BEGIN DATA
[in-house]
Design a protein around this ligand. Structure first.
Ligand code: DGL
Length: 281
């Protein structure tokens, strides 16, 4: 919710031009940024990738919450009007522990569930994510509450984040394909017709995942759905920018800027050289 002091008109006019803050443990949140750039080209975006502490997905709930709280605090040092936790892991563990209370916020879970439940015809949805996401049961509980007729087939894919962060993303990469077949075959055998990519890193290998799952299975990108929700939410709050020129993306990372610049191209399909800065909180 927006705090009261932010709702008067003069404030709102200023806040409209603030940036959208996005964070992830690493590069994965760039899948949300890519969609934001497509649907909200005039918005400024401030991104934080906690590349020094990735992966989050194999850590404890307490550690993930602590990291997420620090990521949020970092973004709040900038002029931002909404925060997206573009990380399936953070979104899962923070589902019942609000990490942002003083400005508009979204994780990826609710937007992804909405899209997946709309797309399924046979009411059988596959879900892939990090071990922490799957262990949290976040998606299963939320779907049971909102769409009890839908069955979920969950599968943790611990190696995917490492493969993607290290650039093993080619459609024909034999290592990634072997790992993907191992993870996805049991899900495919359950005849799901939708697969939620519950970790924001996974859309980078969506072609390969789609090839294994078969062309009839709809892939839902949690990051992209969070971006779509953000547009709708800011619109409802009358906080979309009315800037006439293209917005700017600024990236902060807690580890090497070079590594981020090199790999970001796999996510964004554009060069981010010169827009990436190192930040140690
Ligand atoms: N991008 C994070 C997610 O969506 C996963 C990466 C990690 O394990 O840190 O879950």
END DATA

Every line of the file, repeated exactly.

[in-house]
Design a protein around this ligand. Structure first.
Ligand code: DGL
Length: 281
């Protein structure tokens, strides 16, 4: 919710031009940024990738919450009007522990569930994510509450984040394909017709995942759905920018800027050289 002091008109006019803050443990949140750039080209975006502490997905709930709280605090040092936790892991563990209370916020879970439940015809949805996401049961509980007729087939894919962060993303990469077949075959055998990519890193290998799952299975990108929700939410709050020129993306990372610049191209399909800065909180 927006705090009261932010709702008067003069404030709102200023806040409209603030940036959208996005964070992830690493590069994965760039899948949300890519969609934001497509649907909200005039918005400024401030991104934080906690590349020094990735992966989050194999850590404890307490550690993930602590990291997420620090990521949020970092973004709040900038002029931002909404925060997206573009990380399936953070979104899962923070589902019942609000990490942002003083400005508009979204994780990826609710937007992804909405899209997946709309797309399924046979009411059988596959879900892939990090071990922490799957262990949290976040998606299963939320779907049971909102769409009890839908069955979920969950599968943790611990190696995917490492493969993607290290650039093993080619459609024909034999290592990634072997790992993907191992993870996805049991899900495919359950005849799901939708697969939620519950970790924001996974859309980078969506072609390969789609090839294994078969062309009839709809892939839902949690990051992209969070971006779509953000547009709708800011619109409802009358906080979309009315800037006439293209917005700017600024990236902060807690580890090497070079590594981020090199790999970001796999996510964004554009060069981010010169827009990436190192930040140690
Ligand atoms: N991008 C994070 C997610 O969506 C996963 C990466 C990690 O394990 O840190 O879950």